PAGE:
Torque Conveter Problem - 2000 Honda Accord


Hi Everyone,
I have 2000 Accord, it has been great car. Recently the Car starting
shifting very rough. I had a talked to a honda dealer on the phone, they
told me that in that year model it would be most likely Torque Converter,
and it is inside the Transmission and it would roughly cost 700 to 800
dollars. Any one had this problem with their accords, any advice you can
offer, and if you can share how much it cost to fix it.
Thanks So much
Reply to
Sam
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We need to know your mileage and when you last changed the tranny fluid. I wouldn't book an appointment at that dealer before doing lots of research.
By the way, is there lots of coolant in your coolant reservoir? It affects the shift points. How's your mileage been lately?
'Curly'
Reply to
motsco_
============================= Another question about your 'rough shifting' problem: You didn't change the tranny fluid and put in non-Honda Dexron, did you? That will do it. The solution is to do three drain-n-fills with Honda Z1 and a short drive in between. It's a DIY job if you have a place and a socket handle.
'Curly'
Reply to
motsco_
Rough shiftings can simply be the results of torn transmission mounts. Check to make sure they are OK. Then check the fluid, drain and refill if needed. Since your Accord is a 2000 model, you should use Honda Z1 ATF.
But if the rough shiftings come along with a harsh downshift to first gear (when coasting to a stop) and the lockup clutch cycling (on and off at cruising speed) then the torque converter is defective.
Reply to
bi241
Hi Curly,
It has 203,000 miles in it. I never changed the tranny oil, but I did fill it up about 5000 miles ago. Coolant in the reservoir is low. All your help is greatly appreciated.
Thanks
Reply to
Sam
Hi,
It is doing like you mentioned "But if the rough shiftings come along with a harsh downshift to first gear (when coasting to a stop) and the lockup clutch cycling (on and off at cruising speed) then the torque converter is defective."
I talked to the Another Dealer, he told me that they dont just replace Torque Converter, because there is too much electronics there. He told me that I need to have whole Tranny Changed. Is this really true?
All your advic is appreciated greatly.
Thanks
Reply to
Sam
another this, with this problem, I had someone check the computer because of check engine light, it gave 2 errors: 1) Torque Convertor Clutch Circuit Malfunction 2) Shift Solenoid A Malfunction
Anyone has any ideas?
Thanks> Hi Everyone,
Reply to
Sam
Hopefully the torque converter is mechanically sound and the problems are electronics. I'm pretty sure that's what the former dealership has in mind when they offer to fix it for only $700. The latter do what most dealerships would do, they'll replace the whole tranny and it'll cost you about $3,000 or more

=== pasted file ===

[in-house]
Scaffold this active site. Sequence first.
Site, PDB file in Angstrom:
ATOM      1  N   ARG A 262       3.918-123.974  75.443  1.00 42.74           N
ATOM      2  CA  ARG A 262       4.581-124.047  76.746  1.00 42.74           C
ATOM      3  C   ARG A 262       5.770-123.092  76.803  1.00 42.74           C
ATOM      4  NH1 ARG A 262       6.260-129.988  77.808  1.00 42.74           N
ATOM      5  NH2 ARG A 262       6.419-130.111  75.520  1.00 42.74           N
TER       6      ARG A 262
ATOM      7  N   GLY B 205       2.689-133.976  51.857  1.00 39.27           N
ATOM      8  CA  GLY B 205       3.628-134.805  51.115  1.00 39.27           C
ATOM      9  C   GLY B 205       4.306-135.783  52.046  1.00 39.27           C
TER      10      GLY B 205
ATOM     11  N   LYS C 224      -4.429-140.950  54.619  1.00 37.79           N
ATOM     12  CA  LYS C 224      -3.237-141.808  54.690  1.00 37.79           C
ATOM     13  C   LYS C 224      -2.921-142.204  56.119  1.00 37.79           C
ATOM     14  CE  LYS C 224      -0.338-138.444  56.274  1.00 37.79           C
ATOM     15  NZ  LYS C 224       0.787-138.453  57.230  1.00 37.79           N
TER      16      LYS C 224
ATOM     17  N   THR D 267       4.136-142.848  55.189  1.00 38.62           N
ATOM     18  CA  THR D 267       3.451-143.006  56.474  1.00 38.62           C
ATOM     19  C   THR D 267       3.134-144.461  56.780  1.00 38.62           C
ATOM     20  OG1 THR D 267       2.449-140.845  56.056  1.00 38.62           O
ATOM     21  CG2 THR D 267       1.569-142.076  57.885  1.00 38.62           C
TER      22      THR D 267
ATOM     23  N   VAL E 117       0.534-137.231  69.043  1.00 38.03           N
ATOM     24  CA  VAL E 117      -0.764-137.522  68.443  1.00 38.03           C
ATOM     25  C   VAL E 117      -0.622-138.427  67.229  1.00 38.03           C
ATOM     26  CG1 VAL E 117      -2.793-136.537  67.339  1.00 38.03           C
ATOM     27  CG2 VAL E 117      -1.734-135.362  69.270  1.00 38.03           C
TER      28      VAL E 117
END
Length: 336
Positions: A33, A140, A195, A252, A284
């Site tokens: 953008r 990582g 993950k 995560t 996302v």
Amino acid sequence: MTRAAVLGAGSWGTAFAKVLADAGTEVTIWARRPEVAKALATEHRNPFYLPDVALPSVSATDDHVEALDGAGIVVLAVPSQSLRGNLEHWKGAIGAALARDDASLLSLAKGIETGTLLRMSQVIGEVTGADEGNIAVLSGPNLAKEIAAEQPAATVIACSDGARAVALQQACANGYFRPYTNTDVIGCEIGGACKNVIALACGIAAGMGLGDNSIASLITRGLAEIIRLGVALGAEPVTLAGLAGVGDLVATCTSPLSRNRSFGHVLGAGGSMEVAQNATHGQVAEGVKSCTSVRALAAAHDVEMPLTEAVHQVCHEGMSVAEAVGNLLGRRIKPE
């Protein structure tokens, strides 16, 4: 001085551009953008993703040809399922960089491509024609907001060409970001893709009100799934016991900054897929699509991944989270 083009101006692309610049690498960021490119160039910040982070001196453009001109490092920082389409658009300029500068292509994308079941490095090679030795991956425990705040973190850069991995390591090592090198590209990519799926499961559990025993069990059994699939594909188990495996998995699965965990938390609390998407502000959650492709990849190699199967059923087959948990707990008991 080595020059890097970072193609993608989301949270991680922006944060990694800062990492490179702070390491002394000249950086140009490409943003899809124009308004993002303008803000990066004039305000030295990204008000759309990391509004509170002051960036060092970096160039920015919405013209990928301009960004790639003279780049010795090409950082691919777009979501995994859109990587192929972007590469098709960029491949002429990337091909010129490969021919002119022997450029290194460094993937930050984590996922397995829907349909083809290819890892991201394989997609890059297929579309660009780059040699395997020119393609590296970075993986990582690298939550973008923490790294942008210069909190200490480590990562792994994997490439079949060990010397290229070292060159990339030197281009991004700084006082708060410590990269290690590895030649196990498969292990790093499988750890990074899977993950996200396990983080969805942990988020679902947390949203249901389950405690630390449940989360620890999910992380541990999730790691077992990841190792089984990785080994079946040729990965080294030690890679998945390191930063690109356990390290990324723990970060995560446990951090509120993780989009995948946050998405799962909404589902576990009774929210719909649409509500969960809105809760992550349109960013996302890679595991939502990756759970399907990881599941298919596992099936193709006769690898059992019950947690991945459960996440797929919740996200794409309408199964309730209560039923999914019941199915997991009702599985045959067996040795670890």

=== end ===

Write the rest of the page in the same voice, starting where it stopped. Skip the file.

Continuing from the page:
i'm sure neither the former nor the latter will mess with the internal parts of the transmission. If people want to fix things themselves the dealers always have the parts they need. But no dealers are supposed to overhaul anything.
I would go with the former dealer
Reply to
bi241
"Sam" wrote in news:481bb3d8$0$31744$ snipped-for-privacy@roadrunner.com:
AFAIK,there's NO electronics in a torque converter;it's all in the planetary gear shift solenoids. fluid torque converters are just single stage hydraulic turbines.
you need to get that coolant level you mentioned in another post brought up to proper levels and air bled out from the system;the coolant temp sensor(CTS) needs to be fully immersed or it gives wrong temp readings to the ECU.
Reply to
Jim Yanik
"Sam" wrote in news:481bb7e9$0$31763$ snipped-for-privacy@roadrunner.com:
I doubt it's anything you could fix yourself. So,it's either a Honda dealer or other Honda-knowledgeable service shop. Have you tried a transmission shop? one that has a good Better Business Bureau rating...
Reply to
Jim Yanik
Thanks Jim for the information. I will get that coolant checked and CTS sensor ad air bled out of the system.
Reply to
Sam
"Sam" wrote in news:481c5f2b$0$4074$ snipped-for-privacy@roadrunner.com:
I would also change the tranny fluid using Honda AT fluid. it would be a bummer to spend a lot of money on repairs when it was just some old,dirty ATF causing your problems.
Reply to
Jim Yanik
let me guess - either this is a v6 [you don't say] and you have a problem with the great honda transmission recall, or you had the transmission "flushed" by a non-honda service shop, and they used non-honda transmission fluid...
if the latter, drain and fill 3 times, driving for a week between each time, with genuine honda z1 atf. the transmission will magically behave like new again.
Reply to
jim beam
Jim, It is 4 Cylinder Automatic, I never changed the Tranny fluids. I guess its time now. Someone mentioned to also add the SEAFOAM additive. Is that recommended?
Thanks
Reply to
Sam

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